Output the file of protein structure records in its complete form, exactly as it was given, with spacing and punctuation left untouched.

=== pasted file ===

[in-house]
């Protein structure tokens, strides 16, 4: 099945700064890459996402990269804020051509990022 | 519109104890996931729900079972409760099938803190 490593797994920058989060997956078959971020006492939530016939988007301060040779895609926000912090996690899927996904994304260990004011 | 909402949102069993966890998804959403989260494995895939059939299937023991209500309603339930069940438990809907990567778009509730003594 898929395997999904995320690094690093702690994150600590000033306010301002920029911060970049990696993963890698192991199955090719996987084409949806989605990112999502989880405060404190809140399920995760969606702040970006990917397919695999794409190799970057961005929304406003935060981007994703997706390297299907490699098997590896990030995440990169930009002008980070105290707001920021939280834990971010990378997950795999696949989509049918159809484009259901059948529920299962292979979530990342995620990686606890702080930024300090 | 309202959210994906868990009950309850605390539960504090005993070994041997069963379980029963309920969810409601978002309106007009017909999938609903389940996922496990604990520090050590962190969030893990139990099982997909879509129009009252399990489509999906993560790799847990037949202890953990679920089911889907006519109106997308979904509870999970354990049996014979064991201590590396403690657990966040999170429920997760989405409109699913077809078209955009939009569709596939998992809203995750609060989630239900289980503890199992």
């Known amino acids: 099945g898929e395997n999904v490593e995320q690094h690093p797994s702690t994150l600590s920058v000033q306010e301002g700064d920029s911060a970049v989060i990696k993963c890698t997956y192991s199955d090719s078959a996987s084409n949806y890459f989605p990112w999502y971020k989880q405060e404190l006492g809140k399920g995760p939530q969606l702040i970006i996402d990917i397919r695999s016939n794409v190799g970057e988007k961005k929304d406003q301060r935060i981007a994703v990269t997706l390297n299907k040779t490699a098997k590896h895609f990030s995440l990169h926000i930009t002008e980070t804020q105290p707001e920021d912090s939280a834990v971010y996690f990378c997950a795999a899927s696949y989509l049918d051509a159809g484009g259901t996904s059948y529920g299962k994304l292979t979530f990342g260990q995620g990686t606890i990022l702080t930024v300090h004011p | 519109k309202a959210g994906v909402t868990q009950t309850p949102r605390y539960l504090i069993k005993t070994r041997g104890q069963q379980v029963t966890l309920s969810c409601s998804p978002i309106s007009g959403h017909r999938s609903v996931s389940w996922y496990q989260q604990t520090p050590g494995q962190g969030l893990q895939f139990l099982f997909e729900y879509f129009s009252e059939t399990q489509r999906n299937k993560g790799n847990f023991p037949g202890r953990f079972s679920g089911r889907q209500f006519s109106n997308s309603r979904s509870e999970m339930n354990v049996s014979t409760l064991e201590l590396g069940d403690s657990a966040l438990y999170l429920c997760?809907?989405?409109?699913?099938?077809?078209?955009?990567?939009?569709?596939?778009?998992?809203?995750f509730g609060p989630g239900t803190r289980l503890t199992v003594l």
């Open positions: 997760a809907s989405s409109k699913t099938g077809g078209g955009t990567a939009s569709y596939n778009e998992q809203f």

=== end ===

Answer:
[in-house]
């Protein structure tokens, strides 16, 4: 099945700064890459996402990269804020051509990022 | 519109104890996931729900079972409760099938803190 490593797994920058989060997956078959971020006492939530016939988007301060040779895609926000912090996690899927996904994304260990004011 | 909402949102069993966890998804959403989260494995895939059939299937023991209500309603339930069940438990809907990567778009509730003594 898929395997999904995320690094690093702690994150600590000033306010301002920029911060970049990696993963890698192991199955090719996987084409949806989605990112999502989880405060404190809140399920995760969606702040970006990917397919695999794409190799970057961005929304406003935060981007994703997706390297299907490699098997590896990030995440990169930009002008980070105290707001920021939280834990971010990378997950795999696949989509049918159809484009259901059948529920299962292979979530990342995620990686606890702080930024300090 | 309202959210994906868990009950309850605390539960504090005993070994041997069963379980029963309920969810409601978002309106007009017909999938609903389940996922496990604990520090050590962190969030893990139990099982997909879509129009009252399990489509999906993560790799847990037949202890953990679920089911889907006519109106997308979904509870999970354990049996014979064991201590590396403690657990966040999170429920997760989405409109699913077809078209955009939009569709596939998992809203995750609060989630239900289980503890199992």
């Known amino acids: 099945g898929e395997n999904v490593e995320q690094h690093p797994s702690t994150l600590s920058v000033q306010e301002g700064d920029s911060a970049v989060i990696k993963c890698t997956y192991s199955d090719s078959a996987s084409n949806y890459f989605p990112w999502y971020k989880q405060e404190l006492g809140k399920g995760p939530q969606l702040i970006i996402d990917i397919r695999s016939n794409v190799g970057e988007k961005k929304d406003q301060r935060i981007a994703v990269t997706l390297n299907k040779t490699a098997k590896h895609f990030s995440l990169h926000i930009t002008e980070t804020q105290p707001e920021d912090s939280a834990v971010y996690f990378c997950a795999a899927s696949y989509l049918d051509a159809g484009g259901t996904s059948y529920g299962k994304l292979t979530f990342g260990q995620g990686t606890i990022l702080t930024v300090h004011p | 519109k309202a959210g994906v909402t868990q009950t309850p949102r605390y539960l504090i069993k005993t070994r041997g104890q069963q379980v029963t966890l309920s969810c409601s998804p978002i309106s007009g959403h017909r999938s609903v996931s389940w996922y496990q989260q604990t520090p050590g494995q962190g969030l893990q895939f139990l099982f997909e729900y879509f129009s009252e059939t399990q489509r999906n299937k993560g790799n847990f023991p037949g202890r953990f079972s679920g089911r889907q209500f006519s109106n997308s309603r979904s509870e999970m339930n354990v049996s014979t409760l064991e201590l590396g069940d403690s657990a966040l438990y999170l429920c997760?809907?989405?409109?699913?099938?077809?078209?955009?990567?939009?569709?596939?778009?998992?809203?995750f509730g609060p989630g239900t803190r289980l503890t199992v003594l």
């Open positions: 997760a809907s989405s409109k699913t099938g077809g078209g955009t990567a939009s569709y596939n778009e998992q809203f």